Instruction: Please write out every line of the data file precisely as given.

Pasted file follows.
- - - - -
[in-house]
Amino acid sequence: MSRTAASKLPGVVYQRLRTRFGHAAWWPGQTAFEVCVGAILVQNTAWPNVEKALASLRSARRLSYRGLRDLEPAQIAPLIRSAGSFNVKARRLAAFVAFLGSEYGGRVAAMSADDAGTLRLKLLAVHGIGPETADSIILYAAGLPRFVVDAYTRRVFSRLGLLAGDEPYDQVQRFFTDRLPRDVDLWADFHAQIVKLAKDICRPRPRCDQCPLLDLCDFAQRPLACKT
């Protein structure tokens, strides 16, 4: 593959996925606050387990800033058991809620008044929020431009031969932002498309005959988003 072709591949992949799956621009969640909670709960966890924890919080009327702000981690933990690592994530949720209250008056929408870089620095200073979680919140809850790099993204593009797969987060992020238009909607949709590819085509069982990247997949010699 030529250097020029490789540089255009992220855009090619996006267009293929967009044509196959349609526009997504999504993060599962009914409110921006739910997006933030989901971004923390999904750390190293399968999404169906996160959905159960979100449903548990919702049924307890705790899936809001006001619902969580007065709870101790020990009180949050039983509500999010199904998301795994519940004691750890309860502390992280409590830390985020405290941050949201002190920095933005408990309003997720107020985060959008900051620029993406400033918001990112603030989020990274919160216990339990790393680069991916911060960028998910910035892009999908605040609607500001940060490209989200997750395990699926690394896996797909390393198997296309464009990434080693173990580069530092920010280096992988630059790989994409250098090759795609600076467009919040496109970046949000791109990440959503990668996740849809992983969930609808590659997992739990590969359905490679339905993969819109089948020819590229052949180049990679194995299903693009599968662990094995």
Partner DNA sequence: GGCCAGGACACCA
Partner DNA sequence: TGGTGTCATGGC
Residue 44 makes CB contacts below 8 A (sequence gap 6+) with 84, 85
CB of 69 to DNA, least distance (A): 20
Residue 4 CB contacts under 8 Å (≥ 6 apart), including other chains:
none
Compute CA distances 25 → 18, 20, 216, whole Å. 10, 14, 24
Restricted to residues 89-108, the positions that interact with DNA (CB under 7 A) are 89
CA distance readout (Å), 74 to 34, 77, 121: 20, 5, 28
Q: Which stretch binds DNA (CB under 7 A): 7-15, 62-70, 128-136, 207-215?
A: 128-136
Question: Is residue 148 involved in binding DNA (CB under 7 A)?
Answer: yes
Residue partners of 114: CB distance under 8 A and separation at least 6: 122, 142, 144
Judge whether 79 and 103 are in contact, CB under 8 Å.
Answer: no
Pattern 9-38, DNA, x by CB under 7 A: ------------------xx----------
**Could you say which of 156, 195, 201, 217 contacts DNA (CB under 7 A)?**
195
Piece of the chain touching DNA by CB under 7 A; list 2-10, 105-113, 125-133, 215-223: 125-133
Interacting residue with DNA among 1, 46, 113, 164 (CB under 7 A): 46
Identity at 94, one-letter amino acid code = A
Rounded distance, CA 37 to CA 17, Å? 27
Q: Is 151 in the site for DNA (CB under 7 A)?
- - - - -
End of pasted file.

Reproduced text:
[in-house]
Amino acid sequence: MSRTAASKLPGVVYQRLRTRFGHAAWWPGQTAFEVCVGAILVQNTAWPNVEKALASLRSARRLSYRGLRDLEPAQIAPLIRSAGSFNVKARRLAAFVAFLGSEYGGRVAAMSADDAGTLRLKLLAVHGIGPETADSIILYAAGLPRFVVDAYTRRVFSRLGLLAGDEPYDQVQRFFTDRLPRDVDLWADFHAQIVKLAKDICRPRPRCDQCPLLDLCDFAQRPLACKT
């Protein structure tokens, strides 16, 4: 593959996925606050387990800033058991809620008044929020431009031969932002498309005959988003 072709591949992949799956621009969640909670709960966890924890919080009327702000981690933990690592994530949720209250008056929408870089620095200073979680919140809850790099993204593009797969987060992020238009909607949709590819085509069982990247997949010699 030529250097020029490789540089255009992220855009090619996006267009293929967009044509196959349609526009997504999504993060599962009914409110921006739910997006933030989901971004923390999904750390190293399968999404169906996160959905159960979100449903548990919702049924307890705790899936809001006001619902969580007065709870101790020990009180949050039983509500999010199904998301795994519940004691750890309860502390992280409590830390985020405290941050949201002190920095933005408990309003997720107020985060959008900051620029993406400033918001990112603030989020990274919160216990339990790393680069991916911060960028998910910035892009999908605040609607500001940060490209989200997750395990699926690394896996797909390393198997296309464009990434080693173990580069530092920010280096992988630059790989994409250098090759795609600076467009919040496109970046949000791109990440959503990668996740849809992983969930609808590659997992739990590969359905490679339905993969819109089948020819590229052949180049990679194995299903693009599968662990094995």
Partner DNA sequence: GGCCAGGACACCA
Partner DNA sequence: TGGTGTCATGGC
Residue 44 makes CB contacts below 8 A (sequence gap 6+) with 84, 85
CB of 69 to DNA, least distance (A): 20
Residue 4 CB contacts under 8 Å (≥ 6 apart), including other chains:
none
Compute CA distances 25 → 18, 20, 216, whole Å. 10, 14, 24
Restricted to residues 89-108, the positions that interact with DNA (CB under 7 A) are 89
CA distance readout (Å), 74 to 34, 77, 121: 20, 5, 28
Q: Which stretch binds DNA (CB under 7 A): 7-15, 62-70, 128-136, 207-215?
A: 128-136
Question: Is residue 148 involved in binding DNA (CB under 7 A)?
Answer: yes
Residue partners of 114: CB distance under 8 A and separation at least 6: 122, 142, 144
Judge whether 79 and 103 are in contact, CB under 8 Å.
Answer: no
Pattern 9-38, DNA, x by CB under 7 A: ------------------xx----------
**Could you say which of 156, 195, 201, 217 contacts DNA (CB under 7 A)?**
195
Piece of the chain touching DNA by CB under 7 A; list 2-10, 105-113, 125-133, 215-223: 125-133
Interacting residue with DNA among 1, 46, 113, 164 (CB under 7 A): 46
Identity at 94, one-letter amino acid code = A
Rounded distance, CA 37 to CA 17, Å? 27
Q: Is 151 in the site for DNA (CB under 7 A)?